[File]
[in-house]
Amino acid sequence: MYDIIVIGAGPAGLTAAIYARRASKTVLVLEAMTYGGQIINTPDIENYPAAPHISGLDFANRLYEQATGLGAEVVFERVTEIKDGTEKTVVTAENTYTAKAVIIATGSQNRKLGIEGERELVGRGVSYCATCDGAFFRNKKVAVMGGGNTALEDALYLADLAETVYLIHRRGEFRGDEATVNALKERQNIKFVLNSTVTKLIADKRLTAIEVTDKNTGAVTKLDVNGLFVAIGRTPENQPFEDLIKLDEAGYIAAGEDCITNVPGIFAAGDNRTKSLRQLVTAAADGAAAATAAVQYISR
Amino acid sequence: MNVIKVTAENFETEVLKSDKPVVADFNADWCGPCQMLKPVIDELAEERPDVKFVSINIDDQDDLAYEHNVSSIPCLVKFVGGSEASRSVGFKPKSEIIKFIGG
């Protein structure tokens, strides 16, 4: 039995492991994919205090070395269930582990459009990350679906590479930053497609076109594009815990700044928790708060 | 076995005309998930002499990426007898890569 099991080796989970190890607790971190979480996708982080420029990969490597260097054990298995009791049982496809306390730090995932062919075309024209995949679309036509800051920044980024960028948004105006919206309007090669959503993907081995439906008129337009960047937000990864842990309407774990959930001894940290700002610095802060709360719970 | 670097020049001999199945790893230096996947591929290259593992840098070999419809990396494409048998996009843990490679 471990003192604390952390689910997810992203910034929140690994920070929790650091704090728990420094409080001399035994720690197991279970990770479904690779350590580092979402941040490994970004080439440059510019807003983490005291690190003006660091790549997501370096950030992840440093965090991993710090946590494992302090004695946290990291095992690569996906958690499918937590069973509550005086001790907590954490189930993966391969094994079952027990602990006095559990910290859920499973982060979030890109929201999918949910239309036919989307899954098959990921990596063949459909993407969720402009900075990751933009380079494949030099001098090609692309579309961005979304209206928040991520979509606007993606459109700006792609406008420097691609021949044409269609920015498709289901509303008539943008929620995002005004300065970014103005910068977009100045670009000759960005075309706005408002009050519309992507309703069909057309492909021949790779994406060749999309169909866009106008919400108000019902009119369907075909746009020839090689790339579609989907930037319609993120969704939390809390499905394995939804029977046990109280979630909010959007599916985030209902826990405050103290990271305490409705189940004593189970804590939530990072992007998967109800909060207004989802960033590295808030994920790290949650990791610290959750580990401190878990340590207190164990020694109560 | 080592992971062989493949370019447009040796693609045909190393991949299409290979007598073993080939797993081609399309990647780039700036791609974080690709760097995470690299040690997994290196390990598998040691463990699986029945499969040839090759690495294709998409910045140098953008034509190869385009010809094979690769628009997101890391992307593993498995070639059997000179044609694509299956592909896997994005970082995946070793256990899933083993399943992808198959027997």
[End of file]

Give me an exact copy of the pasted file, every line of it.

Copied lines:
[in-house]
Amino acid sequence: MYDIIVIGAGPAGLTAAIYARRASKTVLVLEAMTYGGQIINTPDIENYPAAPHISGLDFANRLYEQATGLGAEVVFERVTEIKDGTEKTVVTAENTYTAKAVIIATGSQNRKLGIEGERELVGRGVSYCATCDGAFFRNKKVAVMGGGNTALEDALYLADLAETVYLIHRRGEFRGDEATVNALKERQNIKFVLNSTVTKLIADKRLTAIEVTDKNTGAVTKLDVNGLFVAIGRTPENQPFEDLIKLDEAGYIAAGEDCITNVPGIFAAGDNRTKSLRQLVTAAADGAAAATAAVQYISR
Amino acid sequence: MNVIKVTAENFETEVLKSDKPVVADFNADWCGPCQMLKPVIDELAEERPDVKFVSINIDDQDDLAYEHNVSSIPCLVKFVGGSEASRSVGFKPKSEIIKFIGG
């Protein structure tokens, strides 16, 4: 039995492991994919205090070395269930582990459009990350679906590479930053497609076109594009815990700044928790708060 | 076995005309998930002499990426007898890569 099991080796989970190890607790971190979480996708982080420029990969490597260097054990298995009791049982496809306390730090995932062919075309024209995949679309036509800051920044980024960028948004105006919206309007090669959503993907081995439906008129337009960047937000990864842990309407774990959930001894940290700002610095802060709360719970 | 670097020049001999199945790893230096996947591929290259593992840098070999419809990396494409048998996009843990490679 471990003192604390952390689910997810992203910034929140690994920070929790650091704090728990420094409080001399035994720690197991279970990770479904690779350590580092979402941040490994970004080439440059510019807003983490005291690190003006660091790549997501370096950030992840440093965090991993710090946590494992302090004695946290990291095992690569996906958690499918937590069973509550005086001790907590954490189930993966391969094994079952027990602990006095559990910290859920499973982060979030890109929201999918949910239309036919989307899954098959990921990596063949459909993407969720402009900075990751933009380079494949030099001098090609692309579309961005979304209206928040991520979509606007993606459109700006792609406008420097691609021949044409269609920015498709289901509303008539943008929620995002005004300065970014103005910068977009100045670009000759960005075309706005408002009050519309992507309703069909057309492909021949790779994406060749999309169909866009106008919400108000019902009119369907075909746009020839090689790339579609989907930037319609993120969704939390809390499905394995939804029977046990109280979630909010959007599916985030209902826990405050103290990271305490409705189940004593189970804590939530990072992007998967109800909060207004989802960033590295808030994920790290949650990791610290959750580990401190878990340590207190164990020694109560 | 080592992971062989493949370019447009040796693609045909190393991949299409290979007598073993080939797993081609399309990647780039700036791609974080690709760097995470690299040690997994290196390990598998040691463990699986029945499969040839090759690495294709998409910045140098953008034509190869385009010809094979690769628009997101890391992307593993498995070639059997000179044609694509299956592909896997994005970082995946070793256990899933083993399943992808198959027997």